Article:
VoIP phone systems are becoming environmental friendly, with renovated technology that makes them more energy efficient. Internet-related activities already consume nearly 4% of North America’s power supply and the number is going to increase with added VoIP features such as video conferencing and one-click dialing. Proponents have started developing new ways to utilize features without consuming so much energy and being wasteful. Some recent technological advances are:
Telephone VoIP Adapters (TVAs), which enable businesses to adjust their existing phone lines and infrastructures to be VoIP-compatible. This allows existing desktop handsets to gain access to many enhanced features and eliminates the expensive, time-consuming and environmentally unsafe need to rip out old wiring from walls and dump old handsets in landfills.
Fax over IP (FoIP), which allows faxes to be transmitted via the Internet rather than the analog method of sending them through telephone lines. This enables fax machines to work with a packet-based network which requires less bandwidth, less consumption of energy, and protects employees from exposure to paper dust and potentially toxic toners.
By implementing a series of affordable steps to make business operations greener, it is possible to:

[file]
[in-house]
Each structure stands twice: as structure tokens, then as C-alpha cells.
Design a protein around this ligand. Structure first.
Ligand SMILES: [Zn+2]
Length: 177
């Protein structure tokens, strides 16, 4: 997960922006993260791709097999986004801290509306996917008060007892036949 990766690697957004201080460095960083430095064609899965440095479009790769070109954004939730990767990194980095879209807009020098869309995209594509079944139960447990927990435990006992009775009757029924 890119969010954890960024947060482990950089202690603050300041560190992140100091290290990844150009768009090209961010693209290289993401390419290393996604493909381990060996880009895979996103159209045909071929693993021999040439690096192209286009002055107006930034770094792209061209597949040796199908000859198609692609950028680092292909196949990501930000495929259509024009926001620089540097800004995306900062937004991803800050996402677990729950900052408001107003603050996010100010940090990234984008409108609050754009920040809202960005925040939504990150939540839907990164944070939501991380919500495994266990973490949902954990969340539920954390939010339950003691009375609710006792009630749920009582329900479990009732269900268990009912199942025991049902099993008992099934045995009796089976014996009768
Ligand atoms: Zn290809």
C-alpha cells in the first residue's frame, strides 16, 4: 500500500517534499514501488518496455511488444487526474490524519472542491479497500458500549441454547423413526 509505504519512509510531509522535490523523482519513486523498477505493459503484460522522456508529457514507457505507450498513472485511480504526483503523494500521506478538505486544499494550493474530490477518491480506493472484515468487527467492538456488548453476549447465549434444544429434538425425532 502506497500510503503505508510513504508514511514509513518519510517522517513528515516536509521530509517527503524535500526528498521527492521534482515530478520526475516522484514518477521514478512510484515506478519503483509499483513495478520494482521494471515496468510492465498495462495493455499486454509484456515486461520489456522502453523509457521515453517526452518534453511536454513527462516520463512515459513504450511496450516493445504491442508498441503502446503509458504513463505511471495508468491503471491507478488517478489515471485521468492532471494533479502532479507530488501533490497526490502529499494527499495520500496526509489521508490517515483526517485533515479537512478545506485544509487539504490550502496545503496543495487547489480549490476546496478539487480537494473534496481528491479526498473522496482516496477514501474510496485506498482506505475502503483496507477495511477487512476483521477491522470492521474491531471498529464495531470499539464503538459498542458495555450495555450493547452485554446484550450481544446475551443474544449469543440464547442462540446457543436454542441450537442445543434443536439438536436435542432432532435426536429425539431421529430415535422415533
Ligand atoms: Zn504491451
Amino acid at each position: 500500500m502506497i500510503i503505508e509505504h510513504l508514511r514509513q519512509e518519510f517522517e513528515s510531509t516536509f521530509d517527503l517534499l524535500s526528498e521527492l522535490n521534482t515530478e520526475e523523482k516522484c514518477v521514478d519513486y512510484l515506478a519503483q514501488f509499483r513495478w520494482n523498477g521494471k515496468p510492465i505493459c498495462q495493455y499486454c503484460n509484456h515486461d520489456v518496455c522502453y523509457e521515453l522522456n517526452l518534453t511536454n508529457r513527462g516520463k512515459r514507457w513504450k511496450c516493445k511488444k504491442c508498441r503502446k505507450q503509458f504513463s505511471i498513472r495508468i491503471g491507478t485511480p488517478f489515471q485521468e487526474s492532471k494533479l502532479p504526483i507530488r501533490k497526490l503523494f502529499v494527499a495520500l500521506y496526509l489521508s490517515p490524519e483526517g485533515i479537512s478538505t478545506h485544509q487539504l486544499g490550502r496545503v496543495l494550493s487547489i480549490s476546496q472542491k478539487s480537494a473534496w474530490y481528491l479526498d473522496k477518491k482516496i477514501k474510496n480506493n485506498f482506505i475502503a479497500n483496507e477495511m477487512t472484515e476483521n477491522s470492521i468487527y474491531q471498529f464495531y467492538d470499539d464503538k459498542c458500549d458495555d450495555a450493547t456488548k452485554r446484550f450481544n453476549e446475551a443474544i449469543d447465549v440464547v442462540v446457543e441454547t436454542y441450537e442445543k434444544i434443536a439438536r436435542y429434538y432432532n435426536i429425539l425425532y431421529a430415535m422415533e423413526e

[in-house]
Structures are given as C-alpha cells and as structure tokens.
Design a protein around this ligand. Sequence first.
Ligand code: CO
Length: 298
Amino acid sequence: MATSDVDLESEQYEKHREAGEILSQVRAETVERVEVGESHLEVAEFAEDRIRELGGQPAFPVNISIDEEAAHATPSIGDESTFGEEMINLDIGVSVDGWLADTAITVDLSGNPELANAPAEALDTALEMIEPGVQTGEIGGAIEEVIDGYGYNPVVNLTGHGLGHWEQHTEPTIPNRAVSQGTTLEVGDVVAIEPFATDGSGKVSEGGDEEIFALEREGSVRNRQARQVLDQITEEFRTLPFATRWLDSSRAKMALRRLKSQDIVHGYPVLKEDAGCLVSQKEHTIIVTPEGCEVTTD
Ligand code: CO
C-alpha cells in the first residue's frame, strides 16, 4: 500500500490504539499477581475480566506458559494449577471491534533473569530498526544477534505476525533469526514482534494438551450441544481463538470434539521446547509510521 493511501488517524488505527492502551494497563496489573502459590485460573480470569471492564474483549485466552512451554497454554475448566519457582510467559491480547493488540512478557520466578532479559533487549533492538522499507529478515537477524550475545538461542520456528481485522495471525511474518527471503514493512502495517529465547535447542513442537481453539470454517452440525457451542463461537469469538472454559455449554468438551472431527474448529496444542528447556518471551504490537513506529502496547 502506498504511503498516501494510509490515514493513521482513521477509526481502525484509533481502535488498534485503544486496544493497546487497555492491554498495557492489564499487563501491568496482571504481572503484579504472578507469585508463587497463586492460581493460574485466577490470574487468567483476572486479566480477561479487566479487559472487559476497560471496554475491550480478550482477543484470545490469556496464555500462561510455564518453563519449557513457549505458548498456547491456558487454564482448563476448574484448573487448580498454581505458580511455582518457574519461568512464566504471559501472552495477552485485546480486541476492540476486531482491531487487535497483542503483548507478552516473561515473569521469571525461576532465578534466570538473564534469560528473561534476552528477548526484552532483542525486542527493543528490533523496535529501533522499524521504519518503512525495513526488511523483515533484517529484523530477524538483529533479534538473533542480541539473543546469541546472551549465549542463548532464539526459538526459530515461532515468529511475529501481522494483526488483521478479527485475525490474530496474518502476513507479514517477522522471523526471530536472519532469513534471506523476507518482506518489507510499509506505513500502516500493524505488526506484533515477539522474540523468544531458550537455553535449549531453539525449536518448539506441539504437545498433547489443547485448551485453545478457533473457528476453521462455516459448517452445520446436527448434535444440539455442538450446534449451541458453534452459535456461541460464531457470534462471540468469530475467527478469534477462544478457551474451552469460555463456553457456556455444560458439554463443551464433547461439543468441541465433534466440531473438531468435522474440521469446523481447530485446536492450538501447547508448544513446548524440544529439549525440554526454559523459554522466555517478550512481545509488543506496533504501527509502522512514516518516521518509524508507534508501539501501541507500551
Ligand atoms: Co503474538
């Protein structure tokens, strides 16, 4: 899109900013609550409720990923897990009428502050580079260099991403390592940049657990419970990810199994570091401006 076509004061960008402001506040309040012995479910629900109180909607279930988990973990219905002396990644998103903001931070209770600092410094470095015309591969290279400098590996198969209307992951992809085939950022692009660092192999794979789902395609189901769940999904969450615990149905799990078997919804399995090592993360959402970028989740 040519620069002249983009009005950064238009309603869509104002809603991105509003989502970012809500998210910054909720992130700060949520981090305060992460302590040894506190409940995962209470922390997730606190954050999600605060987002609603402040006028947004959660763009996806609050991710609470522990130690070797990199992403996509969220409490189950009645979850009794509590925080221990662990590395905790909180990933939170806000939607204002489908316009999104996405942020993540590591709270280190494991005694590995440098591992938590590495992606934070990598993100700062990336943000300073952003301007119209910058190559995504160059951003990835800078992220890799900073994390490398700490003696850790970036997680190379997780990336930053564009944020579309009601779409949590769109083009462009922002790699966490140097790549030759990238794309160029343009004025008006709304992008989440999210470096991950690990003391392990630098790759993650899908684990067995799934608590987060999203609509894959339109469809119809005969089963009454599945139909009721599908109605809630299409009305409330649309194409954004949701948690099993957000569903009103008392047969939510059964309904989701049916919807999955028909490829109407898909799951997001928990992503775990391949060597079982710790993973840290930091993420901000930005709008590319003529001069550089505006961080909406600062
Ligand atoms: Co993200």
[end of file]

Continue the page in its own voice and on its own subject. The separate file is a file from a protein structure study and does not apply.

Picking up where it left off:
Reduce operating expenses and improve efficiency through waste reduction and energy conservation.
Stand out when environmentally-aware customers are selecting suppliers.
Capitalize on federal, state and local tax and financial incentives to be eco-friendly.
Conserve natural resources and reduce carbon footprint.
Attract and retain employees who prefer to work for an organization that has earth-friendly values.
In addition to potential savings of up to 70% on telecom costs through VoIP/SIP Trunking, these reasons should inspire businesses to carefully evaluate their stance on environmental responsibility and start transitioning to IP communications. VARs should target companies with this message. The increase in market penetration will help the environment and reduce greenhouse gases.